Aside from my negative self-image, the idea that in order to be loved and valuable I had to prove my worth was pervasive. My fear of financial insecurity was almost too much to bear. The more time went by, the more tempted I was to give up on the strong inner knowing that I was meant for a bigger life than the one that safely fit inside the lines but made me woefully unhappy. I spoke to a legal recruiter who had endless amounts of options for me, if I was willing to sacrifice my dreams and play by the rules I had outlined for my own life years earlier. I have been tempted to do so more than once. “Maybe it will be different this time,” I hear myself saying repeatedly. “Maybe because I have changed, my perspective will be new and it won’t seem so bad.” But, even typing that out now, I get the restless, sick feeling in my gut that alerts me when sirens of danger are sounding. I know what the definition of insanity is, and I don’t want to go down the familiar road to inevitable misery.
The only thing that seems to make any sense in this period of change is to focus on what my true passions are. Starting this blog might seem like an insignificant step to some, but it has allowed me to use my love for the written word to explore my own heart in ways that I was unable to before. I traveled to Chicago for the annual meeting of the American Association for Cancer Research as a member of the Scientist <-> Survivor Program where I learned about the science of cancer and its treatment so that I will be a more effective advocate. I spoke at a first-ever “Cancer Perspectives” event to a company that is designed to support patients through cancer treatment and survivorship. As I write this post, I am on a flight to Washington, D.C. to participate in “Head to the Hill” with the National Brain Tumor Society where I will meet with my congressional representatives to push for research funding for the brain tumor community. I am the busiest unemployed person I know of.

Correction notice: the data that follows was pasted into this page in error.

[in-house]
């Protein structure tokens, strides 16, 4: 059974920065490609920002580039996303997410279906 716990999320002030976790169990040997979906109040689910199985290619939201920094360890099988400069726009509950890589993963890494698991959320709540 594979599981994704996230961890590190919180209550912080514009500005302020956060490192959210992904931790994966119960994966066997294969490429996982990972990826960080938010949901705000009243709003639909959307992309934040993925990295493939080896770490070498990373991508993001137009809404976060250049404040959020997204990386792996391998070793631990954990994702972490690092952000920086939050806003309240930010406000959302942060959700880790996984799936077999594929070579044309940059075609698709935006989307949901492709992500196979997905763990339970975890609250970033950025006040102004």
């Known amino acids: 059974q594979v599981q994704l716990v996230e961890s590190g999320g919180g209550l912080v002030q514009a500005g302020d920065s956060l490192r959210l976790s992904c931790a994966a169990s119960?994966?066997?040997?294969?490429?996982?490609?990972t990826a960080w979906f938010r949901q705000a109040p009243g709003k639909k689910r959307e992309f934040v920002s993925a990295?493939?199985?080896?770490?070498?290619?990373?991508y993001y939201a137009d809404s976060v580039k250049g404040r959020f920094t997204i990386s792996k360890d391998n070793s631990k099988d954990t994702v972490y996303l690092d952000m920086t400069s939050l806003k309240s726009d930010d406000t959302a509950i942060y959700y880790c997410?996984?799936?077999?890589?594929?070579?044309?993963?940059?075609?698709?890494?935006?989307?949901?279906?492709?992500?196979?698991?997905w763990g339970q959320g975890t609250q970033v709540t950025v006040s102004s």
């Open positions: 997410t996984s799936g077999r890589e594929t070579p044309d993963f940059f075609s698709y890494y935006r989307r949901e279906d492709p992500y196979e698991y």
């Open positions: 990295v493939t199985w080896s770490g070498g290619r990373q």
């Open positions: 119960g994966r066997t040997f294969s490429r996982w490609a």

In spite of the continuing challenges, I am more grateful every day for having enough faith in myself and my own intuition to abandon the path I thought I was supposed to be on. I worry less about where I am going to end up and am more excited that I could move literally anywhere and do anything. My inner asshole still pokes at me, but she is quieter these days. I am beginning to know who I am and what is important to me, both of which entirely eluded me after Patrick died. I actually can see the value in who I am without it being tied to what I do. I know that I have personal and professional experience that will make me a huge asset wherever I end up, be it in an ashram or another law office. And, perhaps most importantly of all, I no longer worry about what anyone else thinks about the choices I am making. This is the freedom I have always been searching for in jobs, men, clothes, and “stuff.” I am almost convinced that who I am has nothing to do with any of those things. Almost.
I heard recently, “You don’t have to do something just because you said you would.” Changing course doesn’t mean that I am flaky or that I am a failure for not following through with my plan. It means that I have changed because my life was irrevocably changed the day Patrick had his first seizure.
I understand that not everyone feels like they have the “luxury” of making drastic changes like those I have – I have gotten this reaction a lot from people in my life to my choices. They have bills and responsibilities! I get it. I thought I was destined to be imprisoned by these, too. The truth is, you always have a choice. It might mean having to humble yourself, change your lifestyle, and giving up things that are not only important to you but define you. It will hurt. It will be terrifying. But it just might be the best thing you ever did.
Lisa O'Leary is a lawyer, cat mom, widow, sports enthusiast, truth seeker, soul searcher, meditator, and consciousness practitioner who is actively engaged in quieting down the mind to allow the song to play.